St Croix

Beez Neez now Chy Whella
Big Bear and Pepe Millard
Sun 6 Mar 2011 22:58
St Croix




Saint Croix (pronounced St Croy - NOT St Quar as many try to assume, just ask a local on a visit to be put right) is an island in the Caribbean Sea, and a county and constituent district of the United States Virgin Islands (USVI's), an unincorporated territory of the United States. It is the largest of the US. Virgin Islands at twenty eight miles by seven. However, the territory's capital, Charlotte Amalie, is located on Saint Thomas. Wherever you look from the island has spectacular views.




Salt River, where Columbus landed on the 14th of November 1493. GB pointing to the spot on the beach where he felt Columbus had rested his foot whilst claiming the land. Bear went off to take this snap of the sign and swears these are the shoes that Columbus was wearing at the time - I am making no comment at all.





History: Saint Croix has flown seven different flags. It has been colonised by Spain, Great Britain, the Netherlands, France, the Knights of Malta, Denmark and the United States. Before Christopher Columbus came over to the Caribbean, groups of indigenous people settled on the island in 5000 BC. They developed culture and religion, and called the island "Ay-Ay". These people did not make things out of ceramics, but used tools made of stone, shell, coral and bone. They ate shellfish and wild plant foods. Some time between 50 and 200 A.D., the Arawaken speaking people brought pottery and agriculture to the Caribbean. They lived in villages located near fertile soil planting manioc, beans, sweet potatoes and pineapple. The natives had trade routes in the Caribbean islands, which later expanded to South America. They traded gemstones, seafood and crops. In the 13th century, the Tanio people and Carib tribe (for whom the Caribbean is named) arrived from North, Central and South America. Tanio politics, religion and art were relatively developed. Arawaks and Caribs inhabited Saint Croix prior to European colonisation. Christopher Columbus visited on the 14th of November 1493 at the Salt River. Columbus called the island Santa Cruz ("Holy Cross"). His initial visit led to a battle in which one Spaniard and one Carib were killed, the first recorded violent confrontation between Europeans and indigenous peoples in the Americas. This heralded warfare between the Spaniards and Caribs which lasted for over a century, until the Spanish abandoned the island. In the seventeenth century, Dutch and English settlers, who soon came in conflict with one another, settled the island. Eventually the Dutch abandoned their settlement. Next, the English settlement was destroyed by the Spanish, who retook the island in 1650, they in turn were immediately ousted by the French.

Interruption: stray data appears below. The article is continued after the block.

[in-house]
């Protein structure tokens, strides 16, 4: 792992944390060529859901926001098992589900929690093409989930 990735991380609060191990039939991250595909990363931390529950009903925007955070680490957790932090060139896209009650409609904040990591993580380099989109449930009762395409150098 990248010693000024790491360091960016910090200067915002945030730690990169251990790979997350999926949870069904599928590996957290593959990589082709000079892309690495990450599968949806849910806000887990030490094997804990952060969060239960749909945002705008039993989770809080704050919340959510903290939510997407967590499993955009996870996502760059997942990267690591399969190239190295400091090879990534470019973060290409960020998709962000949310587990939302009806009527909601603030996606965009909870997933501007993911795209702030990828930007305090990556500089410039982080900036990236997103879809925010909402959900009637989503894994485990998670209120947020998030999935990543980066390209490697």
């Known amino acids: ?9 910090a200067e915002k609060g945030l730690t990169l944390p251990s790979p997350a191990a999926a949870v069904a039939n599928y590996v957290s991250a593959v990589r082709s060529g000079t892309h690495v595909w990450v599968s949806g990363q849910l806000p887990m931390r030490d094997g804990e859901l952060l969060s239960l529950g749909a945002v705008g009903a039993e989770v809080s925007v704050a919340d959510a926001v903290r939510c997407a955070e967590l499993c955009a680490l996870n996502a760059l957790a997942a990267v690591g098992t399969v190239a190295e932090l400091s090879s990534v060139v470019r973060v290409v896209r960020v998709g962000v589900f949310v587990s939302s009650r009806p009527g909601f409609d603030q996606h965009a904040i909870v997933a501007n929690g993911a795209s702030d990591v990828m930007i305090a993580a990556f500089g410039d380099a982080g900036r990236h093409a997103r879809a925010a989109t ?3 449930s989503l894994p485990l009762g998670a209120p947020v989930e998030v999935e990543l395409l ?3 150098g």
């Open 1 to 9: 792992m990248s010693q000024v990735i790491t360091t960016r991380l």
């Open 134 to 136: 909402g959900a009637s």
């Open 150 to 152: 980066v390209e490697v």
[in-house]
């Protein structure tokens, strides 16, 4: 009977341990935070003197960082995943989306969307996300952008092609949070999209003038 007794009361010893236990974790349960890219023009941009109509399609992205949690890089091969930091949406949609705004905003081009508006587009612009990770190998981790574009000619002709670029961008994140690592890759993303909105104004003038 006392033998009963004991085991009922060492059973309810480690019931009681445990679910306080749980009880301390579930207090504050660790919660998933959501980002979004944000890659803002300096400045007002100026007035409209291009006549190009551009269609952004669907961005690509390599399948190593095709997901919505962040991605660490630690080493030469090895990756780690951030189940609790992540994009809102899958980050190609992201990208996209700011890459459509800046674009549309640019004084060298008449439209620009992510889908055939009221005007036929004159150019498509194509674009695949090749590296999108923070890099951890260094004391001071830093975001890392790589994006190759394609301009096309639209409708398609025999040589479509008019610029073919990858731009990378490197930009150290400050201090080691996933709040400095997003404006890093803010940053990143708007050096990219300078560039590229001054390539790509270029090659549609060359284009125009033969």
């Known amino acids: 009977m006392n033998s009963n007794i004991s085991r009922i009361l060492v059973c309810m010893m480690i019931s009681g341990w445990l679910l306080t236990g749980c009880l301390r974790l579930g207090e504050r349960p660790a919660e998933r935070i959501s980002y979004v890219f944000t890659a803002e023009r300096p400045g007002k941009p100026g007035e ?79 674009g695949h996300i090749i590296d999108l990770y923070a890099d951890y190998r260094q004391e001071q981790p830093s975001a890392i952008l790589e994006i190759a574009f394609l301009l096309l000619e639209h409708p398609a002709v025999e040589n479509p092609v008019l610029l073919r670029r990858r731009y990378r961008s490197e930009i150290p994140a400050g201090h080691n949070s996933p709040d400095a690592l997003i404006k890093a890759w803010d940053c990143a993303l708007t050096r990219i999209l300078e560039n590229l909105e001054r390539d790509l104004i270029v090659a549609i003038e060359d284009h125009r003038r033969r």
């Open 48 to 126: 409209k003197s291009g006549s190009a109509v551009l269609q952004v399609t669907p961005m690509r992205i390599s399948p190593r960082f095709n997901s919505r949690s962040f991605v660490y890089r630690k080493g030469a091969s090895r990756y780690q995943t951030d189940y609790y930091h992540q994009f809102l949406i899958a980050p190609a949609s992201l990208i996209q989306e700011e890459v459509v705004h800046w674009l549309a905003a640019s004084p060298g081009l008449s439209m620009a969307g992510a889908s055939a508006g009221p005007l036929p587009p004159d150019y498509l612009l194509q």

The island was owned by the Knights of Malta after being bequeathed by Phillippe de Longvilliers de Poincy, governor of the French colony of St. Kitts in 1660. However, they sold it to the French West India Company five years later. Under Governor Dubois, the colony became profitable with over ninety plantations established, growing such crops as tobacco, cotton, sugar cane and indigo. After Dubois's death, the colony declined and Europeans abandoned the island until 1733 when it was sold to the Danish West India and Guinea Company. This company placed no national restrictions on colonists and soon attracted Spanish Sephardic Jews, Huguenots, and English settlers, the last of which came to dominate the island. Sugar cane became the major crop. Eventually, however, the development of the sugar beet in Europe undermined the economy of the colony. So this piece of Real Estate ended up as one of the USVI's. Slavery was abolished after a successful insurrection in 1848, but in 1862, St. Croix received a shipload of East Indians that were indentured on the island for five years. There was a labour revolt by former slaves in 1878 when much of Frederiksted, one of the island's two towns, was burnt in a labour revolt now known as the Fireburn. It was reportedly led by four women known as the "Queens" of the revolt, and a modern island thoroughfare is named after "Queen Mary" Thomas. In 1917, the Danish West Indies were sold by Denmark to the United States of America for $25 million in gold. The U.S. feared the island would fall into German hands and be used as a base for attacks against the United States and its interests in the western hemisphere. In return, the United States backed Denmark's claim to Greenland. On the 6th of September 1972, five masked men gunned down eight people at the Fountain Valley (now Carambola) Golf Course. While all involved were captured and convicted, the trial exposed deep racial tensions on St. Croix and devastated the island's tourism industry. There is a rumour that St Croix suffers much crime, certainly we saw nothing of the sort and never felt unsafe or threatened, in fact, quite the opposite.